The Correct Approach
In our office, we average 2.49 hairs per follicular unit in our method called follicular isolation. This is about 25% more hair per graft than you can expect from the total use of a smaller punch. Furthermore, we are able to keep the transection rate at 8% or less. Often it is 3%, which is better than with most strip surgeries. We vary the punch size based on the size of the hair shafts and the number of hair per follicular unit (technically referred to as the calculated density).
The hairs exit from the scalp in natural clusters. They are very close to one another on the surface. On the surface, the clusters of hairs are bound closely into one or sometimes more than one follicular canal. As they enter the skin, they begin to spread out. In hair surgery, we call this hair splay. A useful analogy is a bundle of flowers that are in a vase. At the top of the vase, they are very close to one another. As the flowers enter the vase, they progressively deviate from one another. Some vases are narrower at the neck and some are wider. The wider ones will not gather the flowers as close to one another at the neck. Some vases are wider at the base. In the wider ones, the hairs will be farther apart; there will be more splay or distance between the individual flower stems. On more narrow bases the flowers will be much closer to one another. There will be less splay or distance between the individual stems. The same thing happens with the scalp’s donor area. In some individuals, there will be a wide variety of narrow bundles. In other individuals, there will be a preponderance of follicular units exhibiting splay. In other individuals, there will be a variety of bundles. Some have more splay than others and some have very little splay.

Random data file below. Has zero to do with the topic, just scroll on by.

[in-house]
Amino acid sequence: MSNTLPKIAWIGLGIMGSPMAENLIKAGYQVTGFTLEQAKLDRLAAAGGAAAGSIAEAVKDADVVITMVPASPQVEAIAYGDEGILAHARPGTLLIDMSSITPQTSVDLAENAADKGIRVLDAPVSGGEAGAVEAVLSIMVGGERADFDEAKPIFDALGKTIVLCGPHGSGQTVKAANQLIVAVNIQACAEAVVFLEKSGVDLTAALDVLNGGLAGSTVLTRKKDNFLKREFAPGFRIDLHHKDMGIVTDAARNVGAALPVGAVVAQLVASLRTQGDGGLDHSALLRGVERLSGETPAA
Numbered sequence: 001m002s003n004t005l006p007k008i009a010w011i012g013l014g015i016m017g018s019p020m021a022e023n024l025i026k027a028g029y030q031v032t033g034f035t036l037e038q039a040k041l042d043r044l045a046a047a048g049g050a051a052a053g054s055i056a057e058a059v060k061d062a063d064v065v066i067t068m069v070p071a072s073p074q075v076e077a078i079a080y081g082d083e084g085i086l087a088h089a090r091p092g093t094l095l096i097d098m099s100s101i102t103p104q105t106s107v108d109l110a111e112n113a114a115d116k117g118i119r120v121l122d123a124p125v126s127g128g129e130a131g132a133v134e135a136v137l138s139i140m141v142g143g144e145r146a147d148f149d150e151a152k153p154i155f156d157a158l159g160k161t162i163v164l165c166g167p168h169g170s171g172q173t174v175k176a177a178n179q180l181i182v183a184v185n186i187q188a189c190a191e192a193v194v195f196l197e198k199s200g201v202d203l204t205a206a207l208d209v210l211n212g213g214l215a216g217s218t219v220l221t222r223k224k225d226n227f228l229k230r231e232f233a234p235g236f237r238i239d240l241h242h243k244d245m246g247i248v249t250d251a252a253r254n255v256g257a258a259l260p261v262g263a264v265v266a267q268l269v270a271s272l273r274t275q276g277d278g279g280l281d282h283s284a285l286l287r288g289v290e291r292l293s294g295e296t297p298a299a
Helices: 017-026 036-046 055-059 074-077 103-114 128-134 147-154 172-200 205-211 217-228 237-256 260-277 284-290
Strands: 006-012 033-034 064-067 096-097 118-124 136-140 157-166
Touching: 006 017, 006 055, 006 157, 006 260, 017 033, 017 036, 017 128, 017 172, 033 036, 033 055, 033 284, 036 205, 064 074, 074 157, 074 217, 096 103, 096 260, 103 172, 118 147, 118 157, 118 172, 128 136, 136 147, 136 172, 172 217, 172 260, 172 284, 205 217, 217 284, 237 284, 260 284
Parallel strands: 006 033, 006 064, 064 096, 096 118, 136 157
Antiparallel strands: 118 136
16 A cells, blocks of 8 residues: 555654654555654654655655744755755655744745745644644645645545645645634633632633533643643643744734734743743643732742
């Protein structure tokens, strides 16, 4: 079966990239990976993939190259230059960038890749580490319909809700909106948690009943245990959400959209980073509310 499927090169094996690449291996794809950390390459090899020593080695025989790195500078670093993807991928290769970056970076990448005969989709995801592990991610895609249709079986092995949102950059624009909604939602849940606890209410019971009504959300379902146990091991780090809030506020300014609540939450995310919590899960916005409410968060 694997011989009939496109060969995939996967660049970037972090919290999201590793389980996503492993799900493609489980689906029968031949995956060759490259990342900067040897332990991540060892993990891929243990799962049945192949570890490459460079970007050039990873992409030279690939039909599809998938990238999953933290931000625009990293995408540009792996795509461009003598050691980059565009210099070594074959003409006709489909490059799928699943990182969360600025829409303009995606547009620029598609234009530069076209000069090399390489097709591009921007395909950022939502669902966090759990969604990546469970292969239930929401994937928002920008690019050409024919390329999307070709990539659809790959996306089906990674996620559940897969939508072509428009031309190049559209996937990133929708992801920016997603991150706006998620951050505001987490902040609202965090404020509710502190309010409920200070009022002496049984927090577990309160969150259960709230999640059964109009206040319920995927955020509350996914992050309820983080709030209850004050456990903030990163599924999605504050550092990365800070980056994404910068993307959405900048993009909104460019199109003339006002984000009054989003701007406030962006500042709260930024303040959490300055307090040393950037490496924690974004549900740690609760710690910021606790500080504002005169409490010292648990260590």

The Follicular Size